In an unsurprising move, China Telecom have denied recent allegations that they hijacked US internet traffic earlier this year.
The allegations, which first surfaced in October claimed that China Telecom, China’s state-run telecoms company, had routed 15% of the world’s internet traffic through its own servers for 18 minutes in April this year. Since the story broke, speculation has been rife as to what they may have done with the data and what secret government and military data may have been compromised.
In their report to Congress on Wednesday, the US-China Economic and Security Review Commission said that internet traffic of the US Senate, the Department of Defense, NASA and many others was routed through the Chinese servers.
The problem is initially thought to have started in a smaller Chinese Telecoms company, IDC China Telecommunication, but soon propagated to China Telecom’s servers. It is not known whether this redirection of traffic was intentional or the result of a technical error, however, that it was possible at all is enough to cause concern for governments and corporations alike.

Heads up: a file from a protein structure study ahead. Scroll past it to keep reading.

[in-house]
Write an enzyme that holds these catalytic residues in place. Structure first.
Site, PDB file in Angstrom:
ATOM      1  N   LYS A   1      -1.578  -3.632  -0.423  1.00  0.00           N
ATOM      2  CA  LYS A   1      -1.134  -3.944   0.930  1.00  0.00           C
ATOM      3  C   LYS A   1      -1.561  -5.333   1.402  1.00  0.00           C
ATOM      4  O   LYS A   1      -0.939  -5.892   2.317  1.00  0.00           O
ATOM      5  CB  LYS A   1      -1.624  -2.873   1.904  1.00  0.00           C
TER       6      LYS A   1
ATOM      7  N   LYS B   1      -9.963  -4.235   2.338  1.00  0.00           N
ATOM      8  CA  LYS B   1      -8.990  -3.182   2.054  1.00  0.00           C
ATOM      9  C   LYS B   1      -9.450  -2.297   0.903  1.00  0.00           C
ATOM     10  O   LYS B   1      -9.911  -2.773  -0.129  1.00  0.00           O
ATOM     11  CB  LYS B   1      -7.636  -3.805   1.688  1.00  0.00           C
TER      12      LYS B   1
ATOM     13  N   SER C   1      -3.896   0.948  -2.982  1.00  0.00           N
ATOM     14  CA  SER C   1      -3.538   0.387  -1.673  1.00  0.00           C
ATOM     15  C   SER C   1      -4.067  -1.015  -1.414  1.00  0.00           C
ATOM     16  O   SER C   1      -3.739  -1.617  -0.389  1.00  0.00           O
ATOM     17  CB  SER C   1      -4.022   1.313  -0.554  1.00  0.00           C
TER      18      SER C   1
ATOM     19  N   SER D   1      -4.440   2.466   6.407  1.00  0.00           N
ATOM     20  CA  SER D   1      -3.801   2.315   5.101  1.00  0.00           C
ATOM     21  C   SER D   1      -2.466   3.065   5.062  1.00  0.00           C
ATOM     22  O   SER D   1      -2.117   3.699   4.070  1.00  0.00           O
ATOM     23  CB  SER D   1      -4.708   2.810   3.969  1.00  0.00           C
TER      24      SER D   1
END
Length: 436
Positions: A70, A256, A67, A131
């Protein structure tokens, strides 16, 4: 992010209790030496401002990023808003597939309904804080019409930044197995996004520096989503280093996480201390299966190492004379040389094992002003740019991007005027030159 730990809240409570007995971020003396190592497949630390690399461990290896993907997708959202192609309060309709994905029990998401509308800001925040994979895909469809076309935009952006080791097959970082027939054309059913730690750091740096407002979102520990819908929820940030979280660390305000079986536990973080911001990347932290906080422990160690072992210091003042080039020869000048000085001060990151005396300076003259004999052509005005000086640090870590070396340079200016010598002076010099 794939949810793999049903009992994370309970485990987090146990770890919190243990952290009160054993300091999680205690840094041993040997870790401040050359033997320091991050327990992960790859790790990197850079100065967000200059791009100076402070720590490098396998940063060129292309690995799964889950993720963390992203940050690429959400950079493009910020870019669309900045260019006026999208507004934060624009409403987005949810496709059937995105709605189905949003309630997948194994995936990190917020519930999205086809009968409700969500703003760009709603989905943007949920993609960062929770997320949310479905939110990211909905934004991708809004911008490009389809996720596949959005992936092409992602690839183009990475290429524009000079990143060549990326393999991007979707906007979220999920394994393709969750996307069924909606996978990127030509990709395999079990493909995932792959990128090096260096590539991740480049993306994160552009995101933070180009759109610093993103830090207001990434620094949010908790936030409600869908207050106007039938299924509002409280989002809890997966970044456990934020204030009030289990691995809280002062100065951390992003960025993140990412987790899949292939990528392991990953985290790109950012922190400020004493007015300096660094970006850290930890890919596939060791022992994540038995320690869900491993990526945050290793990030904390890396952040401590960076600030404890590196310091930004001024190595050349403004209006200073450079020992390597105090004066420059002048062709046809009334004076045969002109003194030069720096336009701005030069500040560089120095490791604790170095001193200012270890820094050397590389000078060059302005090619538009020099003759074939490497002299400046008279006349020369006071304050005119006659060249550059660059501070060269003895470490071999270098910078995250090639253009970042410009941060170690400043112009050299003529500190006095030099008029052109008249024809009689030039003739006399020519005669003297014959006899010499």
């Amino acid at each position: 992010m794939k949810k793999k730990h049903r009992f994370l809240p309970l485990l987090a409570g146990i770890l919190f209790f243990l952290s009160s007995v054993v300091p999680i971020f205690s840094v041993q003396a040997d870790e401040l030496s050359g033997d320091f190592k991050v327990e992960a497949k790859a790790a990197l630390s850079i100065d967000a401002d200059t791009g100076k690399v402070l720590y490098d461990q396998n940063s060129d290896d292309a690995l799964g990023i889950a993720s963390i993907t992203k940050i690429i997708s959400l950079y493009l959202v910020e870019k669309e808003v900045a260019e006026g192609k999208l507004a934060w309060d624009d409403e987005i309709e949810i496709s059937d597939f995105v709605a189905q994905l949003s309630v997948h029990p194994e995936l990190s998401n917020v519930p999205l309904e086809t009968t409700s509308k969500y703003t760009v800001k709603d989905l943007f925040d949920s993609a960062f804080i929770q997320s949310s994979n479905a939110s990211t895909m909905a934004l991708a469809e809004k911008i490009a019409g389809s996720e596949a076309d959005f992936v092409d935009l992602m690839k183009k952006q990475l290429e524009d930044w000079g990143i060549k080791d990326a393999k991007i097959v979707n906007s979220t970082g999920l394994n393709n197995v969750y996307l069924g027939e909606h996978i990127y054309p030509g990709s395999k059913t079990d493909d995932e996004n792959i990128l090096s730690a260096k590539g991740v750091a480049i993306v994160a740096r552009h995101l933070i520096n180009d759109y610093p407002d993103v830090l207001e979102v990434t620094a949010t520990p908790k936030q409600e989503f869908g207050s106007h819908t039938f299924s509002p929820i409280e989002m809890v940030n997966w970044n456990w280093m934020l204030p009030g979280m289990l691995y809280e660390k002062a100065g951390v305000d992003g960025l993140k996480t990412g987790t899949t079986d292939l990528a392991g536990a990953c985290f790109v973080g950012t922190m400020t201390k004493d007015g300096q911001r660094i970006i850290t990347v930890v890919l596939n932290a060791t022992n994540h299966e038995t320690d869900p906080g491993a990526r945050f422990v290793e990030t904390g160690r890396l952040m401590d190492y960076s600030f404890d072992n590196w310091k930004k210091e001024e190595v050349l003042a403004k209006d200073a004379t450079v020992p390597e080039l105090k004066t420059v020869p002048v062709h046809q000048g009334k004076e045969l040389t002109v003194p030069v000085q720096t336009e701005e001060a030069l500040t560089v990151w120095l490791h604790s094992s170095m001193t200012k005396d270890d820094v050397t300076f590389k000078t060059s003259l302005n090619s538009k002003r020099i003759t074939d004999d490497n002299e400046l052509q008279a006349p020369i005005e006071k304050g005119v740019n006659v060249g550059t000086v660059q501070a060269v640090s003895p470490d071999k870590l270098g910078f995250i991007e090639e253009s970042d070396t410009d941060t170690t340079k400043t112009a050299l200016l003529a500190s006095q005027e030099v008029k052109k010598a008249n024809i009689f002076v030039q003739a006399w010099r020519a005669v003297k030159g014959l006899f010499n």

“Although the commission has no way to determine what, if anything, Chinese telecommunications firms did to the hijacked data, incidents of this nature could have a number of serious implications,” said the report excerpts. “This level of access could enable surveillance of specific users or sites. It could disrupt a data transaction and prevent a user from establishing a connection with a site. It could even allow a diversion of data to somewhere that the user did not intend (for example, to a ‘spoofed’ site).”
In today’s statement, emailed to AFP, China Telecom “denied any hijack of Internet traffic” but did not elaborate any further on what really happened at IDC China Telecommunication in April.
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